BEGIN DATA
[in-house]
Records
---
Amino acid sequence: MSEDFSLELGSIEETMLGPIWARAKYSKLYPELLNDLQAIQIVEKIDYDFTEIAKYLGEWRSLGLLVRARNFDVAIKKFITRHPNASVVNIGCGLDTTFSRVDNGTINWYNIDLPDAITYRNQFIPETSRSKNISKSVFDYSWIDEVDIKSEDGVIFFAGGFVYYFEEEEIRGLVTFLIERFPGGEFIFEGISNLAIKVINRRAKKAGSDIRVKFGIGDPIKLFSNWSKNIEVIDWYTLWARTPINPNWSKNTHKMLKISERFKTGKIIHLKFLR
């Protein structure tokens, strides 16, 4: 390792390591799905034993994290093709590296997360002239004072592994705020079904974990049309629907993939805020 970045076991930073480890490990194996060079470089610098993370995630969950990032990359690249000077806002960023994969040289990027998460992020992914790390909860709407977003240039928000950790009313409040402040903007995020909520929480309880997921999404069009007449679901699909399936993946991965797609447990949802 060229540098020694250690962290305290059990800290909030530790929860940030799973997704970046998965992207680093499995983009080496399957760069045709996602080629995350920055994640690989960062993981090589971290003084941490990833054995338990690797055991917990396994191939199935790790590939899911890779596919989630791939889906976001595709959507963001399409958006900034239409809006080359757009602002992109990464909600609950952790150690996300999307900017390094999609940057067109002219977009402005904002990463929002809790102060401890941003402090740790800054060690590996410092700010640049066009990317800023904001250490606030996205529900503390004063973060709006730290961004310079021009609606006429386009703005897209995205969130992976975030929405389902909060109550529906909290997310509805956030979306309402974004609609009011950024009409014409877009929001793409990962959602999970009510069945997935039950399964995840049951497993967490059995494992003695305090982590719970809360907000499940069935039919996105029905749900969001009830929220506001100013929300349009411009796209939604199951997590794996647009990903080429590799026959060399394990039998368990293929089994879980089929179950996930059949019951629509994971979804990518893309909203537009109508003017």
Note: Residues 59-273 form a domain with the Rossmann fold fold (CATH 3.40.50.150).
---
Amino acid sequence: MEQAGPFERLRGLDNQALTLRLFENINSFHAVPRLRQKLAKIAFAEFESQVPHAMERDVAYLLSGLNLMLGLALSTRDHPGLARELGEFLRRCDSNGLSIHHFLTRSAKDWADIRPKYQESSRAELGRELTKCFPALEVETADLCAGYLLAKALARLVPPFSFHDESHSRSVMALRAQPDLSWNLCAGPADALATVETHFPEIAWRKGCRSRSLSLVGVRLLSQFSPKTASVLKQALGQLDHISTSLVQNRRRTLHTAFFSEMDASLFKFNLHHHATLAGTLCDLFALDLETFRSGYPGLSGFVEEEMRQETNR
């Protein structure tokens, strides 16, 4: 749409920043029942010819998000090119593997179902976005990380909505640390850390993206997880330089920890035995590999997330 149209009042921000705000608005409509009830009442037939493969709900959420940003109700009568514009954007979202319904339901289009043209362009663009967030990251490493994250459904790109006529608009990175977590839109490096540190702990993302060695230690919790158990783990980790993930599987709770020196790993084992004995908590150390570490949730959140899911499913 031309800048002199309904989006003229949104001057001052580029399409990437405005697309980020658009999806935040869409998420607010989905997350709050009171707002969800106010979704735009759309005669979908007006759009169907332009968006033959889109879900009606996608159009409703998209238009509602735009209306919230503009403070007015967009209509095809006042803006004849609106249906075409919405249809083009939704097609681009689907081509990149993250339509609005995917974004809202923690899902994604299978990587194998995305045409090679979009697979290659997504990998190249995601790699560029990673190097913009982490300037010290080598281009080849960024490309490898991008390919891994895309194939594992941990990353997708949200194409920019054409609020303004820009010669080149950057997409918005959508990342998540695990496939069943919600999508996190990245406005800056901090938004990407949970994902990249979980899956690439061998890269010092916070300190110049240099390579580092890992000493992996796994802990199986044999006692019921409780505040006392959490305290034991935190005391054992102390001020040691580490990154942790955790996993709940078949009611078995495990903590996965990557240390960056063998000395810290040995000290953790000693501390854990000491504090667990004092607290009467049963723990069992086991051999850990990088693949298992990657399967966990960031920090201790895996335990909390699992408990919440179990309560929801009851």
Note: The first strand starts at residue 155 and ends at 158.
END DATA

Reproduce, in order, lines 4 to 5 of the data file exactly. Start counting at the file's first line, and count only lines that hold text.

Amino acid sequence: MSEDFSLELGSIEETMLGPIWARAKYSKLYPELLNDLQAIQIVEKIDYDFTEIAKYLGEWRSLGLLVRARNFDVAIKKFITRHPNASVVNIGCGLDTTFSRVDNGTINWYNIDLPDAITYRNQFIPETSRSKNISKSVFDYSWIDEVDIKSEDGVIFFAGGFVYYFEEEEIRGLVTFLIERFPGGEFIFEGISNLAIKVINRRAKKAGSDIRVKFGIGDPIKLFSNWSKNIEVIDWYTLWARTPINPNWSKNTHKMLKISERFKTGKIIHLKFLR
């Protein structure tokens, strides 16, 4: 390792390591799905034993994290093709590296997360002239004072592994705020079904974990049309629907993939805020 970045076991930073480890490990194996060079470089610098993370995630969950990032990359690249000077806002960023994969040289990027998460992020992914790390909860709407977003240039928000950790009313409040402040903007995020909520929480309880997921999404069009007449679901699909399936993946991965797609447990949802 060229540098020694250690962290305290059990800290909030530790929860940030799973997704970046998965992207680093499995983009080496399957760069045709996602080629995350920055994640690989960062993981090589971290003084941490990833054995338990690797055991917990396994191939199935790790590939899911890779596919989630791939889906976001595709959507963001399409958006900034239409809006080359757009602002992109990464909600609950952790150690996300999307900017390094999609940057067109002219977009402005904002990463929002809790102060401890941003402090740790800054060690590996410092700010640049066009990317800023904001250490606030996205529900503390004063973060709006730290961004310079021009609606006429386009703005897209995205969130992976975030929405389902909060109550529906909290997310509805956030979306309402974004609609009011950024009409014409877009929001793409990962959602999970009510069945997935039950399964995840049951497993967490059995494992003695305090982590719970809360907000499940069935039919996105029905749900969001009830929220506001100013929300349009411009796209939604199951997590794996647009990903080429590799026959060399394990039998368990293929089994879980089929179950996930059949019951629509994971979804990518893309909203537009109508003017």